Studies on Gold Objects from the Royal Tombs of Ur

Contacts: Prof. Dr. Andreas Hauptmann

andreas.hauptmann@bergbaumuseum.de
Ur01


The Pennsylvania University Museum for Archaeology and Anthropology in Philadelphia (Penn Museum) has a large collection of metal artefacts made of copper, bronze, silver and gold, which Sir Leonard Woolley had excavated in the royal tombs of Ur (middle of the 3rd millennium) between 1922 and 1934. Of the finds, one quarter went to the University Museum for Archaeology in Philadelphia, one quarter to the British Museum in London, and the remaining half to the Baghdad Museum. Before the 1st Gulf War in 1991 these objects were moved to the vault of the national bank, along with many other gold artefacts, and they have recently been “rediscovered” there.


Fig. 02: This bull’s head was attached to a lyre as decoration. It consists of gold and lapislazuli, the eyes are inlaid with shells, and decorated with bitumen. The find comes from the “King’s Grave”.


Analytical Examinations of the Metal Finds

The DBM’s first work on the artefacts began in 2009. The museum had agreed to a request to carry out analytical examinations of the metal finds. To begin with, 31 of the best known and most beautiful gold objects were analysed non-destructively with a portable x-ray fluorescence spectrometer to determine their chemical composition.


Fig. 03: Numerous beads were recovered from the royal graves, many of them golden “butterfly beads”. They were made of two pieces of gold foil welded together. This image was recorded in the Penn Museum with a transportable digital microscope from Keyence.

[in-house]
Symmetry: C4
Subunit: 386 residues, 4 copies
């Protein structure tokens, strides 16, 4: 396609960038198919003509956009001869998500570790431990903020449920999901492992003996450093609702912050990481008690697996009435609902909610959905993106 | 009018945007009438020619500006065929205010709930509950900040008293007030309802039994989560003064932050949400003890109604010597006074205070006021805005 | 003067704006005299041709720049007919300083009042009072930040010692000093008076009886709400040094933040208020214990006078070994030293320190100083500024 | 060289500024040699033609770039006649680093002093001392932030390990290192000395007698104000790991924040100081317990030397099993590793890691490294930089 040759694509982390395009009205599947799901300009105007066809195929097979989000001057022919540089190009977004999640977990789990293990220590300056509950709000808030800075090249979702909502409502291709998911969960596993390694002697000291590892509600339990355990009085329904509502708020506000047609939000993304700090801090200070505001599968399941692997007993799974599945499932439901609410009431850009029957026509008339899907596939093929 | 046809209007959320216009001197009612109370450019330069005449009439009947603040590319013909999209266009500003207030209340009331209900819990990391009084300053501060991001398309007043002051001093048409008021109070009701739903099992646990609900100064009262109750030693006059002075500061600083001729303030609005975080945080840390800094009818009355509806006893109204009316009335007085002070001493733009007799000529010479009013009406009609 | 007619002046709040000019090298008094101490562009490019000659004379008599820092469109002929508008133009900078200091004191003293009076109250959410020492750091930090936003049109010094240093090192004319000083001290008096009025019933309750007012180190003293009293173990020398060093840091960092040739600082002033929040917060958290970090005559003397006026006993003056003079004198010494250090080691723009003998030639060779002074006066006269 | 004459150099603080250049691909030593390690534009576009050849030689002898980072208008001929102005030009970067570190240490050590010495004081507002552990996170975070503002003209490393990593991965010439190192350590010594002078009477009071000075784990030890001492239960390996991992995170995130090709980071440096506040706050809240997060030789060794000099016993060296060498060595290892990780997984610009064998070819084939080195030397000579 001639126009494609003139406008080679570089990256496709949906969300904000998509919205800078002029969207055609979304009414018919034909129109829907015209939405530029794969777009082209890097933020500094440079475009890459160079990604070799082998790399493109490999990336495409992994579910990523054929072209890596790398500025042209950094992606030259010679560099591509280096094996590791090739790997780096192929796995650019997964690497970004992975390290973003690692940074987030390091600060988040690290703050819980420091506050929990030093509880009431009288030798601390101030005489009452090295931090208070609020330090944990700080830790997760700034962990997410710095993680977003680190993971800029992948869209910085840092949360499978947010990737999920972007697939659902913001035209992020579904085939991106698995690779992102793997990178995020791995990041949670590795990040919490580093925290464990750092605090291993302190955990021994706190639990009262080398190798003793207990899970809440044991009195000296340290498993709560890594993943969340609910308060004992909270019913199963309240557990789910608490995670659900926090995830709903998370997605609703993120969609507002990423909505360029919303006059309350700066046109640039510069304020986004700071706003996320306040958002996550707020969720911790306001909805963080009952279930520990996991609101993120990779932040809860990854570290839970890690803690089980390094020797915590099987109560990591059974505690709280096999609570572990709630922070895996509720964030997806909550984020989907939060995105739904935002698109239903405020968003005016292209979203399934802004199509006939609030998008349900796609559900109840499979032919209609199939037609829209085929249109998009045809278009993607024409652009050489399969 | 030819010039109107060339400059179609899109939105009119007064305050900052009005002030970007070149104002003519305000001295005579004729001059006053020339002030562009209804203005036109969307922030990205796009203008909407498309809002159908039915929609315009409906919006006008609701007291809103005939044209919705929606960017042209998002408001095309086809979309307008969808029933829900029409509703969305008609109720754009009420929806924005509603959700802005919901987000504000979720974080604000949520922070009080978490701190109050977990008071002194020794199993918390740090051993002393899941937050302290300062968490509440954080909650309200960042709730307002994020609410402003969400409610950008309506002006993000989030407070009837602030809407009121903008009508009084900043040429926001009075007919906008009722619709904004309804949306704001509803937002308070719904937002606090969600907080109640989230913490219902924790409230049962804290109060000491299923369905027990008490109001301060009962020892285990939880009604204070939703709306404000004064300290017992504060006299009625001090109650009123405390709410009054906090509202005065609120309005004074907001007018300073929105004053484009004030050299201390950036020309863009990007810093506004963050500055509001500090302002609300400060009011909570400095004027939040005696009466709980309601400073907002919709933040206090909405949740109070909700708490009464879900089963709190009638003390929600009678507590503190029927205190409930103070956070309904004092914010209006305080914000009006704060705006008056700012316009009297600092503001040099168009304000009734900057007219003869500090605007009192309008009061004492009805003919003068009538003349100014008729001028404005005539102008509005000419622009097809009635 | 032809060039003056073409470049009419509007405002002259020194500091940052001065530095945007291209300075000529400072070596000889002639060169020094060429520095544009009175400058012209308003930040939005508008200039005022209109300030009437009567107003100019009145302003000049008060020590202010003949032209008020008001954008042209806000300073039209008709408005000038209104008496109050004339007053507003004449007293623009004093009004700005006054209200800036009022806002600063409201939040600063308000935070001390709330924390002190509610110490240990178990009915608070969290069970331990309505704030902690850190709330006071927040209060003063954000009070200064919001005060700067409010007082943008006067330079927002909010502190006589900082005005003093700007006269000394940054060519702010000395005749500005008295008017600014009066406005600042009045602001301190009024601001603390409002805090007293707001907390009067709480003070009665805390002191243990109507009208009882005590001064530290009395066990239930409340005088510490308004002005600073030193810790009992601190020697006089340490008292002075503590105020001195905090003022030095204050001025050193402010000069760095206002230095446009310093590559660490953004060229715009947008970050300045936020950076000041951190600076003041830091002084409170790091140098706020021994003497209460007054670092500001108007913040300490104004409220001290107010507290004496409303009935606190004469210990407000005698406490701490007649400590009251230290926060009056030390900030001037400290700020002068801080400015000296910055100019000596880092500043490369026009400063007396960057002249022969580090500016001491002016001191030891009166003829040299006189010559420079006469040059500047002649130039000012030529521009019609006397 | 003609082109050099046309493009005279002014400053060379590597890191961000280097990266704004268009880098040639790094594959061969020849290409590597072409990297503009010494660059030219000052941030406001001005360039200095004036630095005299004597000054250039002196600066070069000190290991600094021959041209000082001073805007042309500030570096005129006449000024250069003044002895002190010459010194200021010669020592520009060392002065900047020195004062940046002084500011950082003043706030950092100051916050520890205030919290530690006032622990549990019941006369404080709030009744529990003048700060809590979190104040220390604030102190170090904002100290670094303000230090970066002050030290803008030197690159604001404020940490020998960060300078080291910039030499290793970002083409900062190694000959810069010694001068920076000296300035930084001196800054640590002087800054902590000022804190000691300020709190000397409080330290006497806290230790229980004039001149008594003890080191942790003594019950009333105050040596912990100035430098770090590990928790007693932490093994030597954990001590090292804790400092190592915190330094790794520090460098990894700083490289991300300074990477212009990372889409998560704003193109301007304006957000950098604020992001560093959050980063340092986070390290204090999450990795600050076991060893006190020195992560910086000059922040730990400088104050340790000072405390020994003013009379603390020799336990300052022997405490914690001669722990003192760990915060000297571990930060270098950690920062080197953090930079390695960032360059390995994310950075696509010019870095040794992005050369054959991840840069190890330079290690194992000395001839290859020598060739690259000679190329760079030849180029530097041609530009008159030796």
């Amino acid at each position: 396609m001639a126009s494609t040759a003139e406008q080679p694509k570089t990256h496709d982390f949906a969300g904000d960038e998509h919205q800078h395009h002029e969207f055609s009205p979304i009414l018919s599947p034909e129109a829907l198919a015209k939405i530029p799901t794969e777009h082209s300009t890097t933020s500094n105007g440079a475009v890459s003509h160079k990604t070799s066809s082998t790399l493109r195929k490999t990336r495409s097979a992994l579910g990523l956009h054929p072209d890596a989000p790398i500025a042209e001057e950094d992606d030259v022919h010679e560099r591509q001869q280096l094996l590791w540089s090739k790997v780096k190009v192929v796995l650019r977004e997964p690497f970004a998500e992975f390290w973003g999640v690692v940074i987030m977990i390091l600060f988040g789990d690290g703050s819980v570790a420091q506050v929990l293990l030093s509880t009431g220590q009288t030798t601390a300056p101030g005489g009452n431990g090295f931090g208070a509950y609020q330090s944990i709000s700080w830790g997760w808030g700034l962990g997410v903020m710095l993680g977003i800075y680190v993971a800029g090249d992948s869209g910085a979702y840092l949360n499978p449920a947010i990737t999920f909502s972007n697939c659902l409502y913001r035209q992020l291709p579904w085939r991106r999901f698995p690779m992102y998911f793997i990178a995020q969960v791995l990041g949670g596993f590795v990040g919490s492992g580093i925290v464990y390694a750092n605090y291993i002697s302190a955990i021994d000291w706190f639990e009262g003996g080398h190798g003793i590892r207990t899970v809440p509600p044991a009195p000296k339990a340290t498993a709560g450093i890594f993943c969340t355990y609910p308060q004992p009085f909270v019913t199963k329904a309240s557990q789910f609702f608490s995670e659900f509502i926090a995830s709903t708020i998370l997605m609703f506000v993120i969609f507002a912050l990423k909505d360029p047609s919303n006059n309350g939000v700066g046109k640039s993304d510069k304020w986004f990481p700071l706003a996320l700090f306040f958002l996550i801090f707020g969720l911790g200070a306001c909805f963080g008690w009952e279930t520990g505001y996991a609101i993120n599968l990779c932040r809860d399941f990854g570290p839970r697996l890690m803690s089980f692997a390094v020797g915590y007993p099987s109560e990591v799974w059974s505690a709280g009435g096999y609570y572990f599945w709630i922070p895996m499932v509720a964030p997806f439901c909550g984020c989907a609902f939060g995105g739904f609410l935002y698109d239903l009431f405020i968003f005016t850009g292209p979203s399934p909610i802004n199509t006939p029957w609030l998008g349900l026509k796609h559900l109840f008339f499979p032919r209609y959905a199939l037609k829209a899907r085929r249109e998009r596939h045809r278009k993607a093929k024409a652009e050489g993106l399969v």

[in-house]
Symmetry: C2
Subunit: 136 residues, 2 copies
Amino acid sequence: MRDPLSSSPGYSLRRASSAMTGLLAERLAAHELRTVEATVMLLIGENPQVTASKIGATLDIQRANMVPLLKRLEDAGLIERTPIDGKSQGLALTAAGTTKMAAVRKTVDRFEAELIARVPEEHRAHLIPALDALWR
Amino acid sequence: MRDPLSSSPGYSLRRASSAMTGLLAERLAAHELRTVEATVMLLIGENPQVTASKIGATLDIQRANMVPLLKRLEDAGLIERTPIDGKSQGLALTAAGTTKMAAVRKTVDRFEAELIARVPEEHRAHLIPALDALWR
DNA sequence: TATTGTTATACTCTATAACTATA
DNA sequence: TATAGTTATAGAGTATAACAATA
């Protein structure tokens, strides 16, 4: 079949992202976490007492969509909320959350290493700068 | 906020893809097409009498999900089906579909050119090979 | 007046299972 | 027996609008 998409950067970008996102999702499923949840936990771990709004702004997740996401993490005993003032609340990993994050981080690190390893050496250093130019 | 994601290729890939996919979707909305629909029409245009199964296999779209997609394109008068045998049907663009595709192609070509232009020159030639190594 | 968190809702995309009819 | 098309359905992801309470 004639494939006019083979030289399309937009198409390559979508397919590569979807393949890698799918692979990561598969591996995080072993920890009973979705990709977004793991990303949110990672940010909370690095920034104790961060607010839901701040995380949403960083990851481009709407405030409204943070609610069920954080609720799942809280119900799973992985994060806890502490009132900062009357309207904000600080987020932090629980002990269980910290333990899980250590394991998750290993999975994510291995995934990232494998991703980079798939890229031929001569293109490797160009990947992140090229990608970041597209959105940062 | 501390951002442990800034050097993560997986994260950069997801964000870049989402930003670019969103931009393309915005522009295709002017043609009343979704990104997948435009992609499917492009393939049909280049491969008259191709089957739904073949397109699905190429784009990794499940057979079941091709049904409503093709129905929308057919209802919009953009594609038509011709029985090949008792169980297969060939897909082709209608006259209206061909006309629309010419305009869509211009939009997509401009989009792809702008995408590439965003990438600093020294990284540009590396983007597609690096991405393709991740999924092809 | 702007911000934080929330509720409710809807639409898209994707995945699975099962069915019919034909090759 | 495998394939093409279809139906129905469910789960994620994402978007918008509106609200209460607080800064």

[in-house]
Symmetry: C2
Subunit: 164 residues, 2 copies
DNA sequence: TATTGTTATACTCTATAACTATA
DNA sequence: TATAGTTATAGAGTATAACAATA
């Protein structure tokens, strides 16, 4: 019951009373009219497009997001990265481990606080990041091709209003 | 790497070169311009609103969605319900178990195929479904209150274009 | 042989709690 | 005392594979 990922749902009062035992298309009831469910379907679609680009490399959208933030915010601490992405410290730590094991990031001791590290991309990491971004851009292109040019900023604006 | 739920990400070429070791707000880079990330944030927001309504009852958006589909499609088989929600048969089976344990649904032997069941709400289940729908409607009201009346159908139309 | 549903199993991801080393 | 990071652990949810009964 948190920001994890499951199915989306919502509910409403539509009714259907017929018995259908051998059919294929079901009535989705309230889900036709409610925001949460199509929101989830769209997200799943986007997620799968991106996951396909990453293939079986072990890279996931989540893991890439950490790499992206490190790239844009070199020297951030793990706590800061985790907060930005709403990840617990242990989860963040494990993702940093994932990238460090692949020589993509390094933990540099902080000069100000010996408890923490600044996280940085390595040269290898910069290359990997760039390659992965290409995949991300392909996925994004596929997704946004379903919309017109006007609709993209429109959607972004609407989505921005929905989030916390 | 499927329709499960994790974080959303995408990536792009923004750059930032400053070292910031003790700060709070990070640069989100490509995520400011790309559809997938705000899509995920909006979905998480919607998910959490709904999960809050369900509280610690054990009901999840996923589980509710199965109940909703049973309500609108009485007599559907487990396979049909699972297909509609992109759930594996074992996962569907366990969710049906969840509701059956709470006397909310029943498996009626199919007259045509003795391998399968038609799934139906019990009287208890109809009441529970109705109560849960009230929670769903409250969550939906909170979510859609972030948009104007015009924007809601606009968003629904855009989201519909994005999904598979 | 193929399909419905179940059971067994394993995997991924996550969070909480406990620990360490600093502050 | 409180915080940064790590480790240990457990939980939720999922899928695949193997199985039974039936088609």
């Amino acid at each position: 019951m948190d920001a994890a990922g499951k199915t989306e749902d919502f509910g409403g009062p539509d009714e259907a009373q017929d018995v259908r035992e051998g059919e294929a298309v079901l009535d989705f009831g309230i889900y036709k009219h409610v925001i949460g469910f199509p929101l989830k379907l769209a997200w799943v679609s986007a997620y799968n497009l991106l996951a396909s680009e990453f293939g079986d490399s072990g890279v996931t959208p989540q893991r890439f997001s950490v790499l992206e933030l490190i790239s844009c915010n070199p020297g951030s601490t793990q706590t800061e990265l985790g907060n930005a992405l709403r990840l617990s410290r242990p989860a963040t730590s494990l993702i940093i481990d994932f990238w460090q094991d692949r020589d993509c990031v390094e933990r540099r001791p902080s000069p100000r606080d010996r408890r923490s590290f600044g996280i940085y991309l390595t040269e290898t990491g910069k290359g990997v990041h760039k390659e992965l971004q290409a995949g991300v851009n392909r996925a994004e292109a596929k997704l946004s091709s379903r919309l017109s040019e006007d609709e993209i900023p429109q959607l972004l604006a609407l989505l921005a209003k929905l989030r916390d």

Very Interesting Results

The measurements produced very interesting results. Of particular interest was evidence of gilding using a tumbaga alloy: to “simulate” gold, i.e. to create a gold-rich surface layer, the original copper-silver-gold alloy was treated with acids. This ingenious technique was therefore not invented in South America in the 15th century AD, as previously assumed, but was already known in the ancient world around 2500 BC. These preliminary studies gave rise to a DBM research project with several partners. Following offers to extend the analyses to the finds in the British Museum, a continuation of the current project phase is under consideration.


Fig. 04: Equally often, etched Carnelian beads, probably from the Indus valley, were found in the royal graves. The inlaid white enamel stands out from the red bead to attractive effect. This image was also recorded with a digital microscope.